President Mahama Has Damaged Ghana’s Reputation – Emile Short

The former head of the Commission on Human Rights and Administrative Justice (CHRAJ), Emile Short, has said the President Mahama damaged Ghana’s reputation when he received a gift of a Ford Expedition vehicle from a Burkina Faso businessman, Djibril Kanazoe.

The businessman went on to win two contracts worth about GH¢100 million from the government, according to a report by Joy FM’s Manasseh Azure-Awuni.

The revelation has provoked a firestorm of controversy and outrage in a section of the public.

There are, however, divisions as to whether the car amounted to a gift or a bribe.

While opposition political parties and some civil society organisations have been emphatic that it was a bribe, government officials and some senior journalists insist that it was a gift.

Commenting on the development on Accra-based Class FM, Mr Short said the allegation was a serious one that affected the image of the president and the country.

He declined to state whether it was a gift or a bribe, but said the matter was likely to be taken to CHRAJ.

“In light of the fact that divergent views have been expressed about whether the gift is a bribe or not, I would not be surprised if the matter goes to CHRAJ. It is a matter of public interest, which affects the image of the country.”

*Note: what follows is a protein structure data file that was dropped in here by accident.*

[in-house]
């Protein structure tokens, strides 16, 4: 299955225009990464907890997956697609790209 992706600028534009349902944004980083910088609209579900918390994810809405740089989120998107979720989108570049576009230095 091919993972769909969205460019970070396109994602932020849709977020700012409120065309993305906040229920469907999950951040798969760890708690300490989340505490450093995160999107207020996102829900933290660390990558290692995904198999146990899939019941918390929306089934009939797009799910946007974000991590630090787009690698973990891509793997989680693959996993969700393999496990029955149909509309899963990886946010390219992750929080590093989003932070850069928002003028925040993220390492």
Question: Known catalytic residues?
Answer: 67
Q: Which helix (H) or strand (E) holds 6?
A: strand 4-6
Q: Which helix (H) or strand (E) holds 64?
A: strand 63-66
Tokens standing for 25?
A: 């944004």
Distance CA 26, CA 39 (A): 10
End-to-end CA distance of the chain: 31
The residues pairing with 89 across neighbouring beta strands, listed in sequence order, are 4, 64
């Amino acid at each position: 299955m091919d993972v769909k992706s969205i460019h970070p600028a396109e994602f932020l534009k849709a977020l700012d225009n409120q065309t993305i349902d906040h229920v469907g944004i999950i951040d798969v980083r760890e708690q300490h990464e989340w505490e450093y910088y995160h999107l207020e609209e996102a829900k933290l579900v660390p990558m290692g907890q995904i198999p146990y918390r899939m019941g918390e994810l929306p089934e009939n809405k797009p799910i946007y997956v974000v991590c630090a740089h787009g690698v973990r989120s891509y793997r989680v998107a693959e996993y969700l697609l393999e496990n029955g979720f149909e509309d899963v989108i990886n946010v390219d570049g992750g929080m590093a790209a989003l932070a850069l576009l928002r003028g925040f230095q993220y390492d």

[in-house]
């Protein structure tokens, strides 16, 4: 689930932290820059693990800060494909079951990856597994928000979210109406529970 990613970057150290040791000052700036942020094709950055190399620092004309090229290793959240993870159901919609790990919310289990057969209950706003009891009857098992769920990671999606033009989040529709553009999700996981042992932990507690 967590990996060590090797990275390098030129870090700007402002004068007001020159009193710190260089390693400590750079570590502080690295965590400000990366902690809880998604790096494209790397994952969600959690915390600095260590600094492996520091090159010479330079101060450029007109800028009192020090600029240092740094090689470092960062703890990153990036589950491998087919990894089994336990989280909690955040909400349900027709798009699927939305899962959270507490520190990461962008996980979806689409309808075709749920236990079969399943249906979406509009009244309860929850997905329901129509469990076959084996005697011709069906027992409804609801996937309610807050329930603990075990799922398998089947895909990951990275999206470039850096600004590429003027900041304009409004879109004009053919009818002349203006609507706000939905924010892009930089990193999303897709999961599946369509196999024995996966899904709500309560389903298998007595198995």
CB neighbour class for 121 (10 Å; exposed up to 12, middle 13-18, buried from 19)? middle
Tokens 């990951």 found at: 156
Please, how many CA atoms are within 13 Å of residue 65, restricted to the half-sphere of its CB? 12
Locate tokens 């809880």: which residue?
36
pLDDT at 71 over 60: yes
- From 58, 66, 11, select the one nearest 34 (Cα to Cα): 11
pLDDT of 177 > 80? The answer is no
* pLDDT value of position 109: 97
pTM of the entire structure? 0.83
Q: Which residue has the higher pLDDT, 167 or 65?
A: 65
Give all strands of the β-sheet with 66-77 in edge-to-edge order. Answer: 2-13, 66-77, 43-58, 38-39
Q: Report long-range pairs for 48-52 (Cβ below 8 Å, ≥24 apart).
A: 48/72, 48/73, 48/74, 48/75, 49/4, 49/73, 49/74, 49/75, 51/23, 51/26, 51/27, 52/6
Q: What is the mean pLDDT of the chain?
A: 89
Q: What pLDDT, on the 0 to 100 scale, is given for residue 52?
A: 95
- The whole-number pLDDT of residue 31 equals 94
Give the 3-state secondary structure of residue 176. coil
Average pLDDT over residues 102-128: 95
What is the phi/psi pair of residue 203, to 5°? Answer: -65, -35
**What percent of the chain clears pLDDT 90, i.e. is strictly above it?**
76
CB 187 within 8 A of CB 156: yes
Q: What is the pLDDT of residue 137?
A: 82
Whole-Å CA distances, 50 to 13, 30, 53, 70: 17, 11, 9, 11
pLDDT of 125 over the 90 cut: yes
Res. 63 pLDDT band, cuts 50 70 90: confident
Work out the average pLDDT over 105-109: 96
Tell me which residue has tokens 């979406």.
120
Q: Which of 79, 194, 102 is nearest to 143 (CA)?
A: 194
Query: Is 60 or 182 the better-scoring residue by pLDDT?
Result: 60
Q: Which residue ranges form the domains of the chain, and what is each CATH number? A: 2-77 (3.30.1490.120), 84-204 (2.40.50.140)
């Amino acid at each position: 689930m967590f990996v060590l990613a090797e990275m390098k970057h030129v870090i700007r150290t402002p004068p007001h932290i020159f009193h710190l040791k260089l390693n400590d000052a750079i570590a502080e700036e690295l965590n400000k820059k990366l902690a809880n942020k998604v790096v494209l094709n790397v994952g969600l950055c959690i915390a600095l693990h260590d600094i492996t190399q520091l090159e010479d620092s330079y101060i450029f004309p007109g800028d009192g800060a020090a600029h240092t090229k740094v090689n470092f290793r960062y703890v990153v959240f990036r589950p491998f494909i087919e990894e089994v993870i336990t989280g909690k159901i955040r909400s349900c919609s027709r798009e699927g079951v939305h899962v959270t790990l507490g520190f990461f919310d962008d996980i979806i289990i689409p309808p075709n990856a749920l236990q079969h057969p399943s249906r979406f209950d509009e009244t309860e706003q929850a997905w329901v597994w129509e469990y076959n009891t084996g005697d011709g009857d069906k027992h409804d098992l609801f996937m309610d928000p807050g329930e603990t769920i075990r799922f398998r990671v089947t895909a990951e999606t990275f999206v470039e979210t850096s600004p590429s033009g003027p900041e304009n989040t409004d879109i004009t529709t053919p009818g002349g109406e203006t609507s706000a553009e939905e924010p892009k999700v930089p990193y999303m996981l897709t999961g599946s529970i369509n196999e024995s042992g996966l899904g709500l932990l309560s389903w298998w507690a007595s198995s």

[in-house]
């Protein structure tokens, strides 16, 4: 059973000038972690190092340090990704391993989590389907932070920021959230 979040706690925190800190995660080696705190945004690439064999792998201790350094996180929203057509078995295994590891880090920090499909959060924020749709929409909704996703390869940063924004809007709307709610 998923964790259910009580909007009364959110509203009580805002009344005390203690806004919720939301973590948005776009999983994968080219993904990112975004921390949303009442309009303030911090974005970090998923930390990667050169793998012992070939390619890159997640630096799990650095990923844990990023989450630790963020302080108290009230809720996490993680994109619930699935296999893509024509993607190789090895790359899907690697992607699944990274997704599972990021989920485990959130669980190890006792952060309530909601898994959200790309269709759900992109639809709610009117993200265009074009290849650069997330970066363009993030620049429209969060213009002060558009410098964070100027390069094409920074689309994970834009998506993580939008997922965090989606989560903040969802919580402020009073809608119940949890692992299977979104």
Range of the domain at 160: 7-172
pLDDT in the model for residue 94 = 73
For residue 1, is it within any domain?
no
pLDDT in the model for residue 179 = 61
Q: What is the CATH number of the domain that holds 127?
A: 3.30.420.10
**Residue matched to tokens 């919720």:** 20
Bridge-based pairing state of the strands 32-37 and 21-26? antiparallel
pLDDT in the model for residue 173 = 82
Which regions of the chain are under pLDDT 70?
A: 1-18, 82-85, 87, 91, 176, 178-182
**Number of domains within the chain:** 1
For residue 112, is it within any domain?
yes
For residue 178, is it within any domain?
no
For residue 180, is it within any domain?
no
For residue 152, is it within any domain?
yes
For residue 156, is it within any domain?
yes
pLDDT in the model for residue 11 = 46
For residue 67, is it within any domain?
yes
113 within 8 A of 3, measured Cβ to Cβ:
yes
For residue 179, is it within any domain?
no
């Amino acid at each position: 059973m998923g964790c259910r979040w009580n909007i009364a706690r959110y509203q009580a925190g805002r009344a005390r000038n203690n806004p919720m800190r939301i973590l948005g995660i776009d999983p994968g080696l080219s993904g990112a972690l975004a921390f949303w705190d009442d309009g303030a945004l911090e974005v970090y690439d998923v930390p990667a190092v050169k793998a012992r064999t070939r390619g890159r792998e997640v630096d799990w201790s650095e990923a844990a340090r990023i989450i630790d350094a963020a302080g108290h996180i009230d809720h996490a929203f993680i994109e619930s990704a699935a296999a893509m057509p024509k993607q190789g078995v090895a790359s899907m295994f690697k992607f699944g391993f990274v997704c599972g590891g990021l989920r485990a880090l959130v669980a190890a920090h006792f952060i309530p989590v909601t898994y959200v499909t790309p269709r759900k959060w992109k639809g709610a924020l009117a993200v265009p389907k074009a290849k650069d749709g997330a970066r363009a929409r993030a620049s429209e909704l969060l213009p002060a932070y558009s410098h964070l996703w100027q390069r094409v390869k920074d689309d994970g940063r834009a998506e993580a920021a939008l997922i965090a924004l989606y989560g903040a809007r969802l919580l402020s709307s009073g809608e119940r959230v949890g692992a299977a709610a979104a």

Meanwhile, the majority leader in parliament, Alban Bagbin, has said the Progressive People’s Party (PPP) is within its right to petition CHRAJ on the matter.

He told Accra-based Class FM that such a petition would bring clarity to the matter as there was currently scanty information on it.

He said the PPP would, however, have to provide evidence to the commission.

Mr Bagbin recalled that he was asked to provide evidence, when according to him, he petitioned CHRAJ over a Benz S500 given to former President John Agyekum Kufuor by the late Gaddafi of Libya.

“I took the matter to the human rights commission based on the facts that were available to me and the commission really applied the full rules of the court of law, not the commission, as I expected, and wanted me to prove the argument that the onus then laid on the complainant to adduce evidence,” he said.

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